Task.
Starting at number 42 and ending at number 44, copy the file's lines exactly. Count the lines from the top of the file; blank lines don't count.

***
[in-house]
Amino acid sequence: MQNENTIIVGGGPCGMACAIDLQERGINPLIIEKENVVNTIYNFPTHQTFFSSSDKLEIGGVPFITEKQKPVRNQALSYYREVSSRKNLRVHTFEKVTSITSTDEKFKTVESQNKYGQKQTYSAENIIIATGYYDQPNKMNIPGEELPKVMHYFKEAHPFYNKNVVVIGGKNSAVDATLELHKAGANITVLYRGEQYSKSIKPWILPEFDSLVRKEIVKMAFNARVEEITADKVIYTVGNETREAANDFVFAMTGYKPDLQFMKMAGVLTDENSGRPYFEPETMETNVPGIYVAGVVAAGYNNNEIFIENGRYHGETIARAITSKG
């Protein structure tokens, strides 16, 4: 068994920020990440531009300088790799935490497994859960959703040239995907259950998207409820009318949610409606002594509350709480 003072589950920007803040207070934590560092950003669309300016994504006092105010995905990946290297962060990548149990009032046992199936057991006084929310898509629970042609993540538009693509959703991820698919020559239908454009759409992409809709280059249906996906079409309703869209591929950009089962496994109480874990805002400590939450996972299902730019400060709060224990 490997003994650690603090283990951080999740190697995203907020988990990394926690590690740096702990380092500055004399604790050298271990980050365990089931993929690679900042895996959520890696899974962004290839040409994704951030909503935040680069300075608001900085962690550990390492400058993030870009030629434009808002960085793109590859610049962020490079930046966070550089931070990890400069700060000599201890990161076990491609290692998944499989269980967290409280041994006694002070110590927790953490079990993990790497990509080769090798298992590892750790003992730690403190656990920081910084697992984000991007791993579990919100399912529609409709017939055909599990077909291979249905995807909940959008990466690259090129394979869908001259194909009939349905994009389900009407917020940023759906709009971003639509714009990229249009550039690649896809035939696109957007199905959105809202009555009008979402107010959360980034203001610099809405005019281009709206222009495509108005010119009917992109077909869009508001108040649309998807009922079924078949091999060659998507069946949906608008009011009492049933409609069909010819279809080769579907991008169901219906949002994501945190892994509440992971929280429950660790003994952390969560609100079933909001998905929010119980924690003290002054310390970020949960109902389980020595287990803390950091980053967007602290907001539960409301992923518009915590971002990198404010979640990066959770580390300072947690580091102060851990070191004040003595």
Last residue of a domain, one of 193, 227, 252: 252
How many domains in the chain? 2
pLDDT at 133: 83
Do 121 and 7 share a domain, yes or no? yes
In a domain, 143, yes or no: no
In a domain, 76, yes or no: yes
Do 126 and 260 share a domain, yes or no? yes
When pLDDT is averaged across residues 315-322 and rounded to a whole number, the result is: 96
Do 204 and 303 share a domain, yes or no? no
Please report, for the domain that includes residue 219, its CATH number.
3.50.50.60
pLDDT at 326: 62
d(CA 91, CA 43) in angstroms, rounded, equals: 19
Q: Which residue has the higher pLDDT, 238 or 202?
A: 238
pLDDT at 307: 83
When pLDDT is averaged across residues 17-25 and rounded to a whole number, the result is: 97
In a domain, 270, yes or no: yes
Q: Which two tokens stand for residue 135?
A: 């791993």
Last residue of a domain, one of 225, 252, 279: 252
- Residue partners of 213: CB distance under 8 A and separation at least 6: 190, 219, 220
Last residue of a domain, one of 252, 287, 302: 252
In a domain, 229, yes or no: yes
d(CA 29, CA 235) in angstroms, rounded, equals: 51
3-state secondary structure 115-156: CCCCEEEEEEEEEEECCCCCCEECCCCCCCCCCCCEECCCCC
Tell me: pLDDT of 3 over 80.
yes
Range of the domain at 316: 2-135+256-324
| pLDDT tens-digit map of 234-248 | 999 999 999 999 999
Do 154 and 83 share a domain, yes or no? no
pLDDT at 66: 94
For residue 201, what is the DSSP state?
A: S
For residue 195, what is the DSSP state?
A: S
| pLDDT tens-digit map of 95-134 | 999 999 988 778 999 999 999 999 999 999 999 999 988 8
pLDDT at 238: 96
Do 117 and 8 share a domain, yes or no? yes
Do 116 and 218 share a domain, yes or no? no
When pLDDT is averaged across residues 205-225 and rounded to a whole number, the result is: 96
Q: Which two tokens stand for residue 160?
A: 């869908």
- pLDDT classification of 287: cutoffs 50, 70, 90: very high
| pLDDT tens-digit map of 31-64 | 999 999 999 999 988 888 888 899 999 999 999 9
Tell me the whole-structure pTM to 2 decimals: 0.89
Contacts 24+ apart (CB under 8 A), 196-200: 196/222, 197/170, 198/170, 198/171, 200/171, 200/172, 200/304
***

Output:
Do 117 and 8 share a domain, yes or no? yes
Do 116 and 218 share a domain, yes or no? no
When pLDDT is averaged across residues 205-225 and rounded to a whole number, the result is: 96